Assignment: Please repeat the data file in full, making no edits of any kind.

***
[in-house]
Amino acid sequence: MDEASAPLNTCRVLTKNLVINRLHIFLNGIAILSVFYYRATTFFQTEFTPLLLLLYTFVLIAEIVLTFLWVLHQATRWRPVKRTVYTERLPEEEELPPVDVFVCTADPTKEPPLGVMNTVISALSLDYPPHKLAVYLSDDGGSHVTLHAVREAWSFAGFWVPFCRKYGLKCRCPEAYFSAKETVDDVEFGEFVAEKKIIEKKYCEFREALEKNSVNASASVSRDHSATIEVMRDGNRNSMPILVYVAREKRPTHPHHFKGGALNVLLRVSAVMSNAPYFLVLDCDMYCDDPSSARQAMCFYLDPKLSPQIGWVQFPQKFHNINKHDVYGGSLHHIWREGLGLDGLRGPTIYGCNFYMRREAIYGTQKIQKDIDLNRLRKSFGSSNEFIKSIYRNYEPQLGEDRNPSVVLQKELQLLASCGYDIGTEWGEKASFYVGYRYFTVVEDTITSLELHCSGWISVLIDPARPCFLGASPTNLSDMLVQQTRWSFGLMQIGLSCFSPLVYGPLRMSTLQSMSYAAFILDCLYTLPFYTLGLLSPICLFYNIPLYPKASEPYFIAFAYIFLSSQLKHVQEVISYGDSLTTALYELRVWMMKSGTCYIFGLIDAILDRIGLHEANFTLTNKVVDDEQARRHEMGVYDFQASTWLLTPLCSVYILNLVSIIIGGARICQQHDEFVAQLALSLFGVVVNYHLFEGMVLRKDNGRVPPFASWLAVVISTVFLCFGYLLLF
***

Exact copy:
[in-house]
Amino acid sequence: MDEASAPLNTCRVLTKNLVINRLHIFLNGIAILSVFYYRATTFFQTEFTPLLLLLYTFVLIAEIVLTFLWVLHQATRWRPVKRTVYTERLPEEEELPPVDVFVCTADPTKEPPLGVMNTVISALSLDYPPHKLAVYLSDDGGSHVTLHAVREAWSFAGFWVPFCRKYGLKCRCPEAYFSAKETVDDVEFGEFVAEKKIIEKKYCEFREALEKNSVNASASVSRDHSATIEVMRDGNRNSMPILVYVAREKRPTHPHHFKGGALNVLLRVSAVMSNAPYFLVLDCDMYCDDPSSARQAMCFYLDPKLSPQIGWVQFPQKFHNINKHDVYGGSLHHIWREGLGLDGLRGPTIYGCNFYMRREAIYGTQKIQKDIDLNRLRKSFGSSNEFIKSIYRNYEPQLGEDRNPSVVLQKELQLLASCGYDIGTEWGEKASFYVGYRYFTVVEDTITSLELHCSGWISVLIDPARPCFLGASPTNLSDMLVQQTRWSFGLMQIGLSCFSPLVYGPLRMSTLQSMSYAAFILDCLYTLPFYTLGLLSPICLFYNIPLYPKASEPYFIAFAYIFLSSQLKHVQEVISYGDSLTTALYELRVWMMKSGTCYIFGLIDAILDRIGLHEANFTLTNKVVDDEQARRHEMGVYDFQASTWLLTPLCSVYILNLVSIIIGGARICQQHDEFVAQLALSLFGVVVNYHLFEGMVLRKDNGRVPPFASWLAVVISTVFLCFGYLLLF